Osaka, the second-ranked female tennis player in the world, announced on Monday that she was quitting the tournament after the organizers fined her $15,000 and threatened to disqualify her from the competition.
The 23-year-old athlete said the reason behind both her initial decision to avoid the press, which prompted the penalties, and to withdraw had to do with protecting her mental health.
“I think now the best thing for the tournament, the other players and my well-being is that I withdraw so that everyone can get back to focusing on the tennis going on in Paris. I never wanted to be a distraction and I accept that my timing was not ideal and my message could have been clearer,” Osaka wrote. “More importantly I would never trivialize mental health or use the term lightly. The truth is that I have suffered long bouts of depression since the US Open in 2018 and I have had a really hard time coping with that.”
The fine was issued after her first-round victory against Romanian tennis player Patricia Maria Tig.
After Osaka’s victory, the tournament’s organizers released a statement noting that Wimbledon and the U.S. Open had “reminded” her of her “obligations.”
“A core element of the Grand Slam regulations is the responsibility of the players to engage with the media, whatever the result of their match, a responsibility which players take for the benefit of the sport, the fans and for themselves,” the statement read.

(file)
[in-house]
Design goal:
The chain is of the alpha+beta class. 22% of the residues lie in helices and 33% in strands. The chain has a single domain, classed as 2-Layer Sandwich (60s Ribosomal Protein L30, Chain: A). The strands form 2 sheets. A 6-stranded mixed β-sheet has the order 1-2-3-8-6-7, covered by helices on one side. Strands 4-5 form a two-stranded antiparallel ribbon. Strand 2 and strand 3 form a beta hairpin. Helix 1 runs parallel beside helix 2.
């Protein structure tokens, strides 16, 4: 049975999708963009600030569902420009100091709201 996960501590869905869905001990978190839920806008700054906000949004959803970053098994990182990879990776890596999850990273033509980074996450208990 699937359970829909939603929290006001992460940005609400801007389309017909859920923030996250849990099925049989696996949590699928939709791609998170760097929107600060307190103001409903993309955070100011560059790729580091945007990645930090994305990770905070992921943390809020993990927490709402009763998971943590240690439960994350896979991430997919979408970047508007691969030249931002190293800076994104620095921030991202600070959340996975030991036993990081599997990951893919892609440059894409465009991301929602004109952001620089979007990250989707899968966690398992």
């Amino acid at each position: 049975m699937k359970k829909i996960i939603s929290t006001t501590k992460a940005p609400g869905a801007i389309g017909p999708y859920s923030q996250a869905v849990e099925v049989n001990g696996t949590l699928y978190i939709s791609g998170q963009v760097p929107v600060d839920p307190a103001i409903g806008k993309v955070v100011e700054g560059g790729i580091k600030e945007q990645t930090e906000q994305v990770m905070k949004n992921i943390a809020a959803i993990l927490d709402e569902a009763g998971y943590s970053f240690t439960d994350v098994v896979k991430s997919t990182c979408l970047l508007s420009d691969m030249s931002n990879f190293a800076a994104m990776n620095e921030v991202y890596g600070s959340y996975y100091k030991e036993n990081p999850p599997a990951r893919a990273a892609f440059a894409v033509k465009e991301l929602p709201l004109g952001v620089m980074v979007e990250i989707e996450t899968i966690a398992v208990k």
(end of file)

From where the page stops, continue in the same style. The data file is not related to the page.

“We have advised Naomi Osaka that should she continue to ignore her media obligations during the tournament, she would be exposing herself to possible further Code of Conduct infringement consequences,” it continued. ”As might be expected, repeat violations attract tougher sanctions, including default from the tournament and the trigger of a major offence investigation that could lead to more substantial fines and future Grand Slam suspensions.”
Osaka said she would not be participating in news conferences on Wednesday, likening a post-match presser after a defeat to “kicking a person while they’re down.”
“I’ve often felt that people have no regard for athletes’ mental health, and this rings true whenever I see a press conference or partake in one,” she said.